CDC: Child cancer rates down but brain cancers now most deadly among them

ATLANTA -- A new brief released by the Centers for Disease Control highlights both positive and disheartening statistics regarding cancer in children.

The report, released by the CDC and the National Center for Health Statistics in September shows an overall downward trend for cancer among children and adolescents between 1999 and 2014 for both boys and girls.

The report also showed the same trend of decline between black and white children.

However the rates of decline also coincide with a rise in brain cancer as the most deadly form of the disease among children.

Previously, leukemia held this morbid distinction but the report credits "major therapeutic advances" for leukemia and other formers of cancer with possibly playing a role in increased survival.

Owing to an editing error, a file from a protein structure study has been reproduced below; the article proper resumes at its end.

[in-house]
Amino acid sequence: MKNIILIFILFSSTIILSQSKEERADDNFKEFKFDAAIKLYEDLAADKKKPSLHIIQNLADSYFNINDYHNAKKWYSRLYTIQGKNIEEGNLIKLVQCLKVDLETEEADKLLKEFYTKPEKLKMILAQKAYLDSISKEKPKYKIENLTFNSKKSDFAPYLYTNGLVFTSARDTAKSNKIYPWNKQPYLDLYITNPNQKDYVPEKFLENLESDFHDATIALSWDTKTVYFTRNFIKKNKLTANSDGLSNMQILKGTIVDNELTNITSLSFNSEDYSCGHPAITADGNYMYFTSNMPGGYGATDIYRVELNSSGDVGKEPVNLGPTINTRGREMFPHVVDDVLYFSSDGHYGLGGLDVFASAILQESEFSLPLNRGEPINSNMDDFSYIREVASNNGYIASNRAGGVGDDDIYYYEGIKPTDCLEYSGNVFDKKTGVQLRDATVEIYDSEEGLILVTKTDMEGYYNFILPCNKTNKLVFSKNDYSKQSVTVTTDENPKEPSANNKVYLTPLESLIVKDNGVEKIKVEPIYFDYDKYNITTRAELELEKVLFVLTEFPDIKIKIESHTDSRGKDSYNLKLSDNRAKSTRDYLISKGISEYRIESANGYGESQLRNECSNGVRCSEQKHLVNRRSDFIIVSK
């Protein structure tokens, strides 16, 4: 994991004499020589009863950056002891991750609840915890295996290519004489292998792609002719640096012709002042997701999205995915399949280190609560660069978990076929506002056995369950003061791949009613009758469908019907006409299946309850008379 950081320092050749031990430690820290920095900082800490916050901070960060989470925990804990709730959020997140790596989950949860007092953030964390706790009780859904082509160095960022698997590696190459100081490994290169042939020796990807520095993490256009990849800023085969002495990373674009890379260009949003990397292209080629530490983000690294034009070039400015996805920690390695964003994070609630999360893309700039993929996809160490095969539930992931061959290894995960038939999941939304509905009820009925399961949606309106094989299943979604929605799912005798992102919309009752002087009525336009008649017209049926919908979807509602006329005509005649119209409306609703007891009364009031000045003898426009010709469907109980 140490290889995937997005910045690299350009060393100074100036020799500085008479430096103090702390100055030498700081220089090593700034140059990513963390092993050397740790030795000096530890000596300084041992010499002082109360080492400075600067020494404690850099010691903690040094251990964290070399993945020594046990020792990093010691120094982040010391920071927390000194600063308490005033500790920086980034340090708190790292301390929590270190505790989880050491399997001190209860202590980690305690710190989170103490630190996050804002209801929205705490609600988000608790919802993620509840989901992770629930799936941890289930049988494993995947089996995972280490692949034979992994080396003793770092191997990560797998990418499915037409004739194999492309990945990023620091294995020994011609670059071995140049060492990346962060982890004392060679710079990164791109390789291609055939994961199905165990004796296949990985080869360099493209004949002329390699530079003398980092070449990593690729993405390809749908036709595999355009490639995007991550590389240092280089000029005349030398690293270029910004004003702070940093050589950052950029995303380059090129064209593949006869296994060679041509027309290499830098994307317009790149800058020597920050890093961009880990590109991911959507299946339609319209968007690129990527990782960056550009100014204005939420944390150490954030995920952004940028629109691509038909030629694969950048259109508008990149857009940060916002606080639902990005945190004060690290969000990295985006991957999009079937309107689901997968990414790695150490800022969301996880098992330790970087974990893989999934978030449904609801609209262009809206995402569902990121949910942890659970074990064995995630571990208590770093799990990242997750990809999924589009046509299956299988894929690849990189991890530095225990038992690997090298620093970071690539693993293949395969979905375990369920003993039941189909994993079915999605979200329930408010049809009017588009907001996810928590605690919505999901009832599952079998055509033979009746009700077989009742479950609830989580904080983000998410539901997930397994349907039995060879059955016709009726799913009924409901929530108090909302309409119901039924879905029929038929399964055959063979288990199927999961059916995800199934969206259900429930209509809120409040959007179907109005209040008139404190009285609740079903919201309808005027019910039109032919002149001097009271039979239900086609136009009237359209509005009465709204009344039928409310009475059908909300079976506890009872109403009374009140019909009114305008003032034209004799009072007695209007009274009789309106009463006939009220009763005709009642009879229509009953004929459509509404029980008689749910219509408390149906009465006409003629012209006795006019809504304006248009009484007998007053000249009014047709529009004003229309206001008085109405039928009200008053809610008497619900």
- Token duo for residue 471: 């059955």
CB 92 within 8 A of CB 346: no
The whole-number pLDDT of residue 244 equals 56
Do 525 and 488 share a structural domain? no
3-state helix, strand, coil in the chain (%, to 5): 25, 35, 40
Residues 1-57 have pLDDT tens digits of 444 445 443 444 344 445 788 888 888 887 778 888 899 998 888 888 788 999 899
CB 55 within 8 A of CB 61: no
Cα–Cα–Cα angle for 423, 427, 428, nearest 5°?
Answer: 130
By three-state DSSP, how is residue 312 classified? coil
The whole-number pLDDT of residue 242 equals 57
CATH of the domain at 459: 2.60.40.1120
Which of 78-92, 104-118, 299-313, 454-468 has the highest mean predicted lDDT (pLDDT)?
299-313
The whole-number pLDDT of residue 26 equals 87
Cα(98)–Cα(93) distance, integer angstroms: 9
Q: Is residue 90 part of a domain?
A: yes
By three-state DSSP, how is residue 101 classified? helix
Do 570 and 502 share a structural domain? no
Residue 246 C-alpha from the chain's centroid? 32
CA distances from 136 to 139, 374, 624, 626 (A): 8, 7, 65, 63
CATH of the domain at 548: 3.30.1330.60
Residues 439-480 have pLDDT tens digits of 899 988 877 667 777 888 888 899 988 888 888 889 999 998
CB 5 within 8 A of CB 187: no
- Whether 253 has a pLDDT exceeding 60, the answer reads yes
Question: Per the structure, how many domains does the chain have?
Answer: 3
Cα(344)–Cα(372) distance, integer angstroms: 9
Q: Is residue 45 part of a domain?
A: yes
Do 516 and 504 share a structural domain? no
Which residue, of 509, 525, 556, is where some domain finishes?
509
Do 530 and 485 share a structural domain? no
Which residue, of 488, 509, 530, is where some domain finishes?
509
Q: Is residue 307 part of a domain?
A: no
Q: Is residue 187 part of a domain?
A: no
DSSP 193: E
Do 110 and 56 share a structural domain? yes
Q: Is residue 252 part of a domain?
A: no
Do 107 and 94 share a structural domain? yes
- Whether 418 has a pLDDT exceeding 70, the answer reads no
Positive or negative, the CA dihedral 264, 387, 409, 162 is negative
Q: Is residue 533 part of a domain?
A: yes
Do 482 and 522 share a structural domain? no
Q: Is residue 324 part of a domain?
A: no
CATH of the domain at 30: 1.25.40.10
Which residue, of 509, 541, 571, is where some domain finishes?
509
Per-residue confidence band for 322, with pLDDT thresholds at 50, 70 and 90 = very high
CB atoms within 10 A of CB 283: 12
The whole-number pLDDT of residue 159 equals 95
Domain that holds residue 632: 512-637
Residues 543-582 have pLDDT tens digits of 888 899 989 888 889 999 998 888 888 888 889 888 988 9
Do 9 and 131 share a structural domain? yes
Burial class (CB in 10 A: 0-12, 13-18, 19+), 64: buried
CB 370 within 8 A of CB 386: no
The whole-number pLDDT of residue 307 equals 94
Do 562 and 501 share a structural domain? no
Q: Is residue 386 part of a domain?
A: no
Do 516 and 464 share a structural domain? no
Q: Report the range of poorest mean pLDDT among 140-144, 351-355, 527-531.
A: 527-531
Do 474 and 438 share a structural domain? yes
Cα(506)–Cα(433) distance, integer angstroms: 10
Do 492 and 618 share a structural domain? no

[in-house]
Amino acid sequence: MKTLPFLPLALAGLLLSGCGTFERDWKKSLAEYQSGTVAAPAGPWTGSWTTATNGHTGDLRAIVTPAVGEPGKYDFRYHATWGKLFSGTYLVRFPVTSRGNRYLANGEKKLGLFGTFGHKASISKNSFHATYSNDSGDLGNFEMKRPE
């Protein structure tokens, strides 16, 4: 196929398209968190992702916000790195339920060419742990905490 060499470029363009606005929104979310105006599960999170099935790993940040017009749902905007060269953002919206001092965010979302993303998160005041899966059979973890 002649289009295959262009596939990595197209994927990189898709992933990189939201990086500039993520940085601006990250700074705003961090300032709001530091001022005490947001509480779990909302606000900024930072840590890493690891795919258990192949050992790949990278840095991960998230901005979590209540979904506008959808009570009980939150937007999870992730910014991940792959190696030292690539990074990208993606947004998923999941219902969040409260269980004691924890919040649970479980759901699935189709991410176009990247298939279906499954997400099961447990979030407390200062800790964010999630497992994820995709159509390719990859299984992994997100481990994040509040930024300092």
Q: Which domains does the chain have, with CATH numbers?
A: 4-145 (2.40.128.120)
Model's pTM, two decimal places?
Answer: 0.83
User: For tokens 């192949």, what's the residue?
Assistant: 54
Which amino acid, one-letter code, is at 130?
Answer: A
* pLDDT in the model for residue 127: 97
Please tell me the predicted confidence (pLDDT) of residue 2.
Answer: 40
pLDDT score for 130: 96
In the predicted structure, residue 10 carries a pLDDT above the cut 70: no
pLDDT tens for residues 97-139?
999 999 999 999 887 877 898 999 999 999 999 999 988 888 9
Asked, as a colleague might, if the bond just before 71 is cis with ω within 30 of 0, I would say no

Together, the two types of cancer made up mroe than half of all cancer deaths among children in 1999 and 2014 the brief shows.

In 1999, three out of 10 cancer deaths among children and teens were due to leukemia at about 29.7 percent. Brain cancer trailed at about one in four - 23.7 percent.

However, by 2014, the trends reversed with brain cancer representing 29.9 percent of all child cancer deaths.

Other common types of cancer among children listed in the report are bone and articular cartilage (10% in 2014), thyroid and other endrocrine glands (9%) and mesothelial and soft tissue (7.7%) which combined with brain and leukemia types of cancer made up 81.6 percent of cancers suffered by children that ultimately proved fatal.

The cases were pulled from the National Center for Health Statistics files and defined through the International Classification of Diseases, Tenth Revision.

Trends were evaluated through the Joinpoint Regression Program.

(© 2016 WXIA)


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